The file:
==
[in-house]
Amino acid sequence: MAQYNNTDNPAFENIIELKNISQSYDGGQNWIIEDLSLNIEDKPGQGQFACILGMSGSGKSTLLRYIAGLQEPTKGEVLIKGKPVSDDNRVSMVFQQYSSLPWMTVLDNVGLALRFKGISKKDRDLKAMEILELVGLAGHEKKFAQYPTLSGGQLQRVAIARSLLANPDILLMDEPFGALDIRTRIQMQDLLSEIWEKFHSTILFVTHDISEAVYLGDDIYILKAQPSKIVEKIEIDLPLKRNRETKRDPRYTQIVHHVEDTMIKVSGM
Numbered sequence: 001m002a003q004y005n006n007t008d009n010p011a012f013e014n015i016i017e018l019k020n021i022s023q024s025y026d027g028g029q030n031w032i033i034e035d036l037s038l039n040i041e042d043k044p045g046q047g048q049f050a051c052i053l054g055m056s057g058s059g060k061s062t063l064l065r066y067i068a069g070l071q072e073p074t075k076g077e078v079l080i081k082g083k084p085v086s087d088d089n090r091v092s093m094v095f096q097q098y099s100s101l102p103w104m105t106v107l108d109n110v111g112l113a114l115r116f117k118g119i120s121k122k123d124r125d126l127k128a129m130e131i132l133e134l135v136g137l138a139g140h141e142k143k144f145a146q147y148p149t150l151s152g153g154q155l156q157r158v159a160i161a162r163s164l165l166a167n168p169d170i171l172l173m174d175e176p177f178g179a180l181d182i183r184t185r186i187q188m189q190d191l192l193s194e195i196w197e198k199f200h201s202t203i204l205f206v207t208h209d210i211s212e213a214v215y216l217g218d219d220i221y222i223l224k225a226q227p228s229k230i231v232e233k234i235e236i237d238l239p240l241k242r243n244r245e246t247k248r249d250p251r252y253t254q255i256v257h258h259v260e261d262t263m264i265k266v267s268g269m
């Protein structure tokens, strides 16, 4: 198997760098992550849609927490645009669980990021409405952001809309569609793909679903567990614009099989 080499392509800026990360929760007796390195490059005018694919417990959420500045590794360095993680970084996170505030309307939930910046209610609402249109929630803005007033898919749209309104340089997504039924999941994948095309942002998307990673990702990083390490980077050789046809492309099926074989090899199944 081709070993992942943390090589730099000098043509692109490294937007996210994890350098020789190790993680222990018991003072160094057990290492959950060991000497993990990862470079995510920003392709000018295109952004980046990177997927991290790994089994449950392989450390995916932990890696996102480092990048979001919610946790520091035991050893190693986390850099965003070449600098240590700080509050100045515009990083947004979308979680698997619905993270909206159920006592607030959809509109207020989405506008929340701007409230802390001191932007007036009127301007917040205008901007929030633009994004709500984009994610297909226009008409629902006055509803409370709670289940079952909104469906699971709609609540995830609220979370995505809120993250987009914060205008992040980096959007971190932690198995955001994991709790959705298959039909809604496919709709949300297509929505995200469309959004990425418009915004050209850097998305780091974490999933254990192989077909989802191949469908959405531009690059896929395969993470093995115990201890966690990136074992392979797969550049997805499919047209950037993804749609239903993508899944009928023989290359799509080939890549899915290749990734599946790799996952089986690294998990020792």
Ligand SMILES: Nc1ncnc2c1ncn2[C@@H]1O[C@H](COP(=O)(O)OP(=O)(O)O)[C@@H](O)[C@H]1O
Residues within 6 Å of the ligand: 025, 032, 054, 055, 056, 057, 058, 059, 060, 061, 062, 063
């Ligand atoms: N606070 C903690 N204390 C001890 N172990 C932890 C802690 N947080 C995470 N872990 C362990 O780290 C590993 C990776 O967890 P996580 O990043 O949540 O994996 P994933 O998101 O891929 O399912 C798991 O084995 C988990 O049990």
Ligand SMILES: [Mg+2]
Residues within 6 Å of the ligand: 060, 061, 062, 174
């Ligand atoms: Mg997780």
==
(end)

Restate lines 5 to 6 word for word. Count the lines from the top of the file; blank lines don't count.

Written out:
Ligand SMILES: Nc1ncnc2c1ncn2[C@@H]1O[C@H](COP(=O)(O)OP(=O)(O)O)[C@@H](O)[C@H]1O
Residues within 6 Å of the ligand: 025, 032, 054, 055, 056, 057, 058, 059, 060, 061, 062, 063